CO: Craft beer a billion-dollar boon to Colorado economy
Industry members wary of legislation, changes to distribution network moves
The Denver Post
By Alicia Wallace
August 18, 2015
Colorado’s craft brewing business has chugged along to become a $1.15 billion boon to the state’s economy, but growing pains have come with the maturing market.
Industry leaders say they are wary about looming legislation that would put full-strength beer in grocery stores and about recent deals that gave giant Anheuser-Busch InBev control of beer distribution across two-thirds of Colorado.
This month, Anheuser-Busch snapped up Loveland-based American Eagle Distributing and took over Standard Sales Co.’s operations in Littleton, Pueblo and Colorado Springs in a swap for two Kentucky wholesale operations.
Anheuser-Busch products account for about 86 percent of American Eagle’s portfolio, but the company also sells brews made by Odell Brewing Co., Great Divide Brewing Co. and High Hops Brewery into restaurants, bars and liquor stores.
Bob Tallett, Anheuser-Busch’s vice president of business and wholesaler development, said in an e-mail that the company is evaluating American Eagle’s product lines and plans to maintain a “handful” of locals.
This has stirred uncertainty for mom-and-pop shops like High Hops.
“We have a pretty big footprint that American Eagle has helped. It’s a sad thing to see American Eagle go,” said Pat Weakland, who runs the family-owned High Hops in Windsor, “but it’s a real sad thing to see Budweiser, or InBev, buy American Eagle and possibly get rid of all the small craft breweries.”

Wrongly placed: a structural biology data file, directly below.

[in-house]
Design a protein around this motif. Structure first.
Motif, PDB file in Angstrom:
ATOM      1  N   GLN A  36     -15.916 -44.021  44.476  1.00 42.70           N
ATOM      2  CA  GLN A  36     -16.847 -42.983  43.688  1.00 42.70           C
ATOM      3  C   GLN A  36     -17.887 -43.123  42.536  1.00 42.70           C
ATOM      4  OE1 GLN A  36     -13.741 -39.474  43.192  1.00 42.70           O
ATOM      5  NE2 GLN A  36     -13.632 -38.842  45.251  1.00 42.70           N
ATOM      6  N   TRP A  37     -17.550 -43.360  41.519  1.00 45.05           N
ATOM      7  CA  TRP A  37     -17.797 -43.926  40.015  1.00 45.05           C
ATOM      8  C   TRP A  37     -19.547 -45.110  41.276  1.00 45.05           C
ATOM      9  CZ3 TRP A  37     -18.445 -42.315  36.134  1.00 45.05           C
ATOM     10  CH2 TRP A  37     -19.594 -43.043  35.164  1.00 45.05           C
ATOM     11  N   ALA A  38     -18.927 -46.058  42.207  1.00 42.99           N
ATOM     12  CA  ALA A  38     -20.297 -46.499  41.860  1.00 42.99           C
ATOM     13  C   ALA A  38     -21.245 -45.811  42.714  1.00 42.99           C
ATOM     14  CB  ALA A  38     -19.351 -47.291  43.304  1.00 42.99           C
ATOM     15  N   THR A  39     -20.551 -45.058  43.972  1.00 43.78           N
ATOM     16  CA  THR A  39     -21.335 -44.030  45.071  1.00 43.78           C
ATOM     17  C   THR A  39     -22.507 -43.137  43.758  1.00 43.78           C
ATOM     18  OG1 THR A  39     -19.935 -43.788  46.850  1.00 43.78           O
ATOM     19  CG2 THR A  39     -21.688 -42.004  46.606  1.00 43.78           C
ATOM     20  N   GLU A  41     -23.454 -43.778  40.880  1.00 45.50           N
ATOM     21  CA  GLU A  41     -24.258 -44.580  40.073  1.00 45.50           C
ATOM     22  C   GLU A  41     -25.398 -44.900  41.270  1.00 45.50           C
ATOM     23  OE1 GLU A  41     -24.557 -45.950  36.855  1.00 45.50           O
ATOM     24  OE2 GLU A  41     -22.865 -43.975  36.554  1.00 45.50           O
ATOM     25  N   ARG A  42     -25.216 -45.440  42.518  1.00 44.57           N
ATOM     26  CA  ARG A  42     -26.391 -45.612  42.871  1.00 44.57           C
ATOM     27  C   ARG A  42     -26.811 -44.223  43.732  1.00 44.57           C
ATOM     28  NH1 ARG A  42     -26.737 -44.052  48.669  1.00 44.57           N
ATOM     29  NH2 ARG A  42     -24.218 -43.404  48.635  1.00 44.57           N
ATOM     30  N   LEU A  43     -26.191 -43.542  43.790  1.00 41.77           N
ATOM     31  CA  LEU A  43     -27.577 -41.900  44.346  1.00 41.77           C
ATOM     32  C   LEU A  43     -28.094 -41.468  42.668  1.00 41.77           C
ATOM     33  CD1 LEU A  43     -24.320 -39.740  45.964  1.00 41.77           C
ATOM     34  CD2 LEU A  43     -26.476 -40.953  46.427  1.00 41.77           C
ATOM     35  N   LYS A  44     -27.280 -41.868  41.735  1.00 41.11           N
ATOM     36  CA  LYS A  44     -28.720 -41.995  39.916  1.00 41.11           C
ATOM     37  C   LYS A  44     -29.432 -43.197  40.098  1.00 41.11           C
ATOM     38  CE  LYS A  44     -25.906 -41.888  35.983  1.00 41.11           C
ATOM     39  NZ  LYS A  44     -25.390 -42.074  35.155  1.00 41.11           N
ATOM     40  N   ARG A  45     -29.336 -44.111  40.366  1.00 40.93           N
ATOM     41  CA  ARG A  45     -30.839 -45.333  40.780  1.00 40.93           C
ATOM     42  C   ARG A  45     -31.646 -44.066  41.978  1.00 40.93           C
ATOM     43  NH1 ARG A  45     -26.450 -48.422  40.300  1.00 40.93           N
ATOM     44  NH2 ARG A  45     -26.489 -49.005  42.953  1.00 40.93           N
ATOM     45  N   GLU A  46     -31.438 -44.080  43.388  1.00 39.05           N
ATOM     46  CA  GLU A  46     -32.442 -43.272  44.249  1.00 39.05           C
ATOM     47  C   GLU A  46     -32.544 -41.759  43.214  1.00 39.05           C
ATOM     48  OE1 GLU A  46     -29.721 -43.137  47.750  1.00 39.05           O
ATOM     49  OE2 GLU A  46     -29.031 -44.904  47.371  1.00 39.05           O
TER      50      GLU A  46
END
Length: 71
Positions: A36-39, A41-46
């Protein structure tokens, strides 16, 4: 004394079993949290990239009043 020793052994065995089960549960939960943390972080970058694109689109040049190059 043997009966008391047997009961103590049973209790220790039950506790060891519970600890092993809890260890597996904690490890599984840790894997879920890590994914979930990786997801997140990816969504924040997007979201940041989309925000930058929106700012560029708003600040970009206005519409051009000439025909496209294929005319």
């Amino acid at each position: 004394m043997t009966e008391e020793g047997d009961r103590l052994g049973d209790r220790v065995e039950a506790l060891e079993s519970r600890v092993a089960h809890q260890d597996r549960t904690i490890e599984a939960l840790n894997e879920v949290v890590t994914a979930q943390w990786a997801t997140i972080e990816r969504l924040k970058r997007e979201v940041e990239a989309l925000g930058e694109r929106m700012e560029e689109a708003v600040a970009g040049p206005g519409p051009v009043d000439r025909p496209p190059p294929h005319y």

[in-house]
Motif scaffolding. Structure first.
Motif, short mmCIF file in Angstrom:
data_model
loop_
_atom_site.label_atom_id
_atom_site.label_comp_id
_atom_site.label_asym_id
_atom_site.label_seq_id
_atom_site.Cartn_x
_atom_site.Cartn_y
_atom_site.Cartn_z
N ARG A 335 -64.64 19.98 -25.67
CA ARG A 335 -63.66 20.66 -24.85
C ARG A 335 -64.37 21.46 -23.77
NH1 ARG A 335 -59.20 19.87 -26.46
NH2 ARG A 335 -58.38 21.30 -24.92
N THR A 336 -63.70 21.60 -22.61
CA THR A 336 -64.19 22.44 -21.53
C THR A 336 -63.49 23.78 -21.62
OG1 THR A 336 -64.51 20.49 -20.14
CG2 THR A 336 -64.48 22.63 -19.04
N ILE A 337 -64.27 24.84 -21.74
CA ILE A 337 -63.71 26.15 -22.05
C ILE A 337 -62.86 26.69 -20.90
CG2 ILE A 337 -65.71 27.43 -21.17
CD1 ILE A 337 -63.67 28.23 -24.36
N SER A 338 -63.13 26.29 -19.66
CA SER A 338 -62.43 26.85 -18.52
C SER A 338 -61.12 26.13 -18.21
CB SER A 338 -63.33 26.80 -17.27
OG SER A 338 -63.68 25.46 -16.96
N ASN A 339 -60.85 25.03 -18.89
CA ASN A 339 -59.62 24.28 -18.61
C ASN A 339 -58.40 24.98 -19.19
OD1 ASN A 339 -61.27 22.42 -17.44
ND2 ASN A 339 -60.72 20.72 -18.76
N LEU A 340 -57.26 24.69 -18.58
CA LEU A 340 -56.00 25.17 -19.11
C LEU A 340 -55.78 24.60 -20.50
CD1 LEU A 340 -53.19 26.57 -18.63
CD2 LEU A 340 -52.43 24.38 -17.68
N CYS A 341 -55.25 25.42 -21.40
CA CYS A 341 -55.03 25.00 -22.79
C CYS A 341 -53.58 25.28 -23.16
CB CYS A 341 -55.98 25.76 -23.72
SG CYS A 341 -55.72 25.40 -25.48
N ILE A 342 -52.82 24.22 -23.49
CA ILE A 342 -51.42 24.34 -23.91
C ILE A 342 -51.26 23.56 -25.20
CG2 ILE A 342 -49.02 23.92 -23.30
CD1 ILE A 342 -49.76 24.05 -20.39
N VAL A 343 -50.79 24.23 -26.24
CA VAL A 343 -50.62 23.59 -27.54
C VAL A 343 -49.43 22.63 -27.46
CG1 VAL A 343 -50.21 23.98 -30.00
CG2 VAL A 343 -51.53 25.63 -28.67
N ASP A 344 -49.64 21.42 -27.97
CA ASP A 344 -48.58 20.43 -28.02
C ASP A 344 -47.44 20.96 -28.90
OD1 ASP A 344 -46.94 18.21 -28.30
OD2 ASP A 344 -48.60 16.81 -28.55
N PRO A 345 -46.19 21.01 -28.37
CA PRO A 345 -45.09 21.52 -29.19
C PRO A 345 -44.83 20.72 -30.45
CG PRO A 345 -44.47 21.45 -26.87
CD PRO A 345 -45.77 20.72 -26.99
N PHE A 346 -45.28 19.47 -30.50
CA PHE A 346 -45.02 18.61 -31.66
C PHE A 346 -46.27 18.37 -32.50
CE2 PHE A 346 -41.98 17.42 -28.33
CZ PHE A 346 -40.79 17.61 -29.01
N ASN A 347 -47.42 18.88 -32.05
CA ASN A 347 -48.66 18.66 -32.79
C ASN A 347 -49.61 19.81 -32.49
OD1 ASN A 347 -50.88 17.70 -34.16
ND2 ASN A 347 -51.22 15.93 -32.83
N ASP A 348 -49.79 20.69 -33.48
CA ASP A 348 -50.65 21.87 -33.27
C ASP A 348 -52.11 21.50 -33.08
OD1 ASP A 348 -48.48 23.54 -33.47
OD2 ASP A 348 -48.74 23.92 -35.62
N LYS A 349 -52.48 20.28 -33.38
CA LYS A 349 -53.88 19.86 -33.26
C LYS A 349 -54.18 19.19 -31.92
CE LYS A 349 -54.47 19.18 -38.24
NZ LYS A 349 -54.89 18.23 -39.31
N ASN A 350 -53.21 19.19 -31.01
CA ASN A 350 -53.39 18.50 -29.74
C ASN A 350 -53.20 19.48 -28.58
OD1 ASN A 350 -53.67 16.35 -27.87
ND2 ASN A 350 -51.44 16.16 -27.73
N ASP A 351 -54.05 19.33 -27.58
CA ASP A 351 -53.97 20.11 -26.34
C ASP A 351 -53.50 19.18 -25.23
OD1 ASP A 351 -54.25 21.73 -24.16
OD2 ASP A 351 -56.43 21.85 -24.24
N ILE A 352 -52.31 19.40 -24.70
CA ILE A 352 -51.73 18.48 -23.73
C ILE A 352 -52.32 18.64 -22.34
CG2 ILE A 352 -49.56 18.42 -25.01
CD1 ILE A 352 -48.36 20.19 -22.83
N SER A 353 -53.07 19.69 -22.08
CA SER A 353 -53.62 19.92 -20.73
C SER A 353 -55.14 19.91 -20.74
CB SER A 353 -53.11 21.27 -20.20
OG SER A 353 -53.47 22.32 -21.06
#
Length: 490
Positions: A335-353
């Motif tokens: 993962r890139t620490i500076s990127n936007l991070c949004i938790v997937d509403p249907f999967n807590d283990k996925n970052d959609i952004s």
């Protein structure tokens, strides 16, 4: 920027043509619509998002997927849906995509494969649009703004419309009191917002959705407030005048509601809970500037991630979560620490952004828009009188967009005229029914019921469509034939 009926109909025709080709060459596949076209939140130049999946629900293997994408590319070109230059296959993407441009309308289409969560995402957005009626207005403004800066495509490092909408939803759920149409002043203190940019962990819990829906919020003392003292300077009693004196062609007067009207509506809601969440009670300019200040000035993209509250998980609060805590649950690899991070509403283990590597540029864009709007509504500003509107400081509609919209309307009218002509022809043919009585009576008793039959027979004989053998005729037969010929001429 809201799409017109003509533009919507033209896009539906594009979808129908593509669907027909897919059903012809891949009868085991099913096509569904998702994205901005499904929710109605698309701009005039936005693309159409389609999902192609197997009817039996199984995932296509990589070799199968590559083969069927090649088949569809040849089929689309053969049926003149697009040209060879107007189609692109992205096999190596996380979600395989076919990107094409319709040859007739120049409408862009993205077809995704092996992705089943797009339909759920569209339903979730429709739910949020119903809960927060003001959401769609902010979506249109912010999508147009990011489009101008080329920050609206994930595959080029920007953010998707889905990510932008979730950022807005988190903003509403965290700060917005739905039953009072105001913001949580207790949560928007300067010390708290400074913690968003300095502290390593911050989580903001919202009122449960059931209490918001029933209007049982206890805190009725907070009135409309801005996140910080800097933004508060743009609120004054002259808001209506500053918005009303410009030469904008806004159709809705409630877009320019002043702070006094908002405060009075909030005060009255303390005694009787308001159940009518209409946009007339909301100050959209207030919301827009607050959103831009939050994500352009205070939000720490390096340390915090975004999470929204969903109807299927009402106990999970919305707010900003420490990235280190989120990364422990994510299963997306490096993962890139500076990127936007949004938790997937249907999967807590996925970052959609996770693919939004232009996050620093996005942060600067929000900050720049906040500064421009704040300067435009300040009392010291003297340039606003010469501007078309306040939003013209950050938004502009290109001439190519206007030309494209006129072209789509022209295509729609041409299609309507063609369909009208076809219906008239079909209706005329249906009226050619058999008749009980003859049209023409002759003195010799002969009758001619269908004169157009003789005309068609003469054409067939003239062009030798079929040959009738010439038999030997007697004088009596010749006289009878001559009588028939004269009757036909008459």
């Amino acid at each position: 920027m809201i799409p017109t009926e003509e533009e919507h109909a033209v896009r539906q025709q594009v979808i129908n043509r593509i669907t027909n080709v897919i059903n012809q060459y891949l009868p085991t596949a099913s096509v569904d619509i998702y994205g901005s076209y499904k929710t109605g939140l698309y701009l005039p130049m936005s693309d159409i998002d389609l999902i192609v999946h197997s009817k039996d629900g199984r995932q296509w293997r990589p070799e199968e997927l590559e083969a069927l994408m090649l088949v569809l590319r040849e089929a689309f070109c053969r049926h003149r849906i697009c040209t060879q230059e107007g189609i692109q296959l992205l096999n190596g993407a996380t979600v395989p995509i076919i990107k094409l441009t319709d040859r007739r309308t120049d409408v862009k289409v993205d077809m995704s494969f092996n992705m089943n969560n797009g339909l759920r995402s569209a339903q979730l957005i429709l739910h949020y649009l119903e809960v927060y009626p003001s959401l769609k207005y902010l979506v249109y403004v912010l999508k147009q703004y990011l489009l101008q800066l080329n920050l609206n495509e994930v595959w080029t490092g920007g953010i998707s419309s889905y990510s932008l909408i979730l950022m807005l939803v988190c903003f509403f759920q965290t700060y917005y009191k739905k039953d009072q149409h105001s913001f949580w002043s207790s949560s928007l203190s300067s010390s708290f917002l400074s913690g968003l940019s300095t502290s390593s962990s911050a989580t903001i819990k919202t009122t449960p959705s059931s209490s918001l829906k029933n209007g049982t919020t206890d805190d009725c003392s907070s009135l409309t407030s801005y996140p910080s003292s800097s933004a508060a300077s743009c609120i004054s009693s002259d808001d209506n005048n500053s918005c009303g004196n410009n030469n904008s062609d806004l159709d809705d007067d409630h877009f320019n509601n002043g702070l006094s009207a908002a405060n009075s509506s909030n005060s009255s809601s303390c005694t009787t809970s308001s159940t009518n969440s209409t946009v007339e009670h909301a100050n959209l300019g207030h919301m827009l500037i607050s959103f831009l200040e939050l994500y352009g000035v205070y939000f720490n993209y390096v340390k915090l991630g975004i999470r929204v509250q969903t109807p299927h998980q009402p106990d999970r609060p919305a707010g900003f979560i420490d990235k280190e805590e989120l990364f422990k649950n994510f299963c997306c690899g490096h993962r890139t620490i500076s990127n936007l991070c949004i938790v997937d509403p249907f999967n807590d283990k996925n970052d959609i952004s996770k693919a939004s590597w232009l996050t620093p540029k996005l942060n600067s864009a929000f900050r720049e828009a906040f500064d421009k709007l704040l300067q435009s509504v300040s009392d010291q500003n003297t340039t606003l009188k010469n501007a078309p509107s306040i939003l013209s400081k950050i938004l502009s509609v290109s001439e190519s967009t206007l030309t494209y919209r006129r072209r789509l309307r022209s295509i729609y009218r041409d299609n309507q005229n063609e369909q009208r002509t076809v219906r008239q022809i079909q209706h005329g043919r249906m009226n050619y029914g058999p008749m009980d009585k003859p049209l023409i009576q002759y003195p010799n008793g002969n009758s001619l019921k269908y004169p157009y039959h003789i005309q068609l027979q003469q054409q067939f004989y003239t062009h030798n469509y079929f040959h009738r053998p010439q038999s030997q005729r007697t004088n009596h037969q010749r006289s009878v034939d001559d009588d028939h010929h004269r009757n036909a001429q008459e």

The Colorado Brewers Guild is taking a wait-and-see approach to the InBev play, spokesman Steve Kurowski said.
“It’s a sign of maturity,” he said. “You can’t be a $1 billion industry in a state and not get the attention of larger corporations.”
Craft beer accounts for 11 percent of all beer sales by volume nationally and about 22 percent of the $101.5 billion in annual sales, or about $19.6 billion , according to the Boulder-based Brewers Association.
New neighborhood breweries combined with surging sales from established operations combined for an estimated $1.15 billion economic impact in Colorado last year, according to a recent study for the brewers guild by the University of Colorado Leeds School of Business.
And that number is likely to grow.
The majority of the brewers surveyed said they expect to tally year-over-year sales growth of 20 percent in 2015 and 2016.
“We have 309 brewing licenses (in Colorado), and five to six are large operations,” Kurowski said. “So we have almost 300 of the small, neighborhood breweries where their sales and their production really adds up .”
Some of those little breweries have found success in the tasting-room model — “an easy, less-expensive way to come to market,” he said — and may choose to not try to compete for wholesale market share.
The success of the Twisted Pine Brewing Co.’s Boulder tasting room — sales are up 45 percent from last year — has made the brewery shift its wholesale distribution strategy.
“I would rather spend my money in getting people to walk in my front door than I would to get somebody in Nebraska to buy my beer,” president Bob Baile said.
Baile said he’s optimistic about the industry’s continued growth, but is concerned about perennial efforts to change state law to allow grocery stores to sell full-strength beer.
The smaller brewers would have difficulty getting on the shelves of large supermarkets, and smaller, neighboring liquor stores could lose sales, he said.
Baile estimated that the passage of the law could slash 30 percent of Twisted Pine’s annual revenues.
“If that law passes,” he said, “we’re screwed.”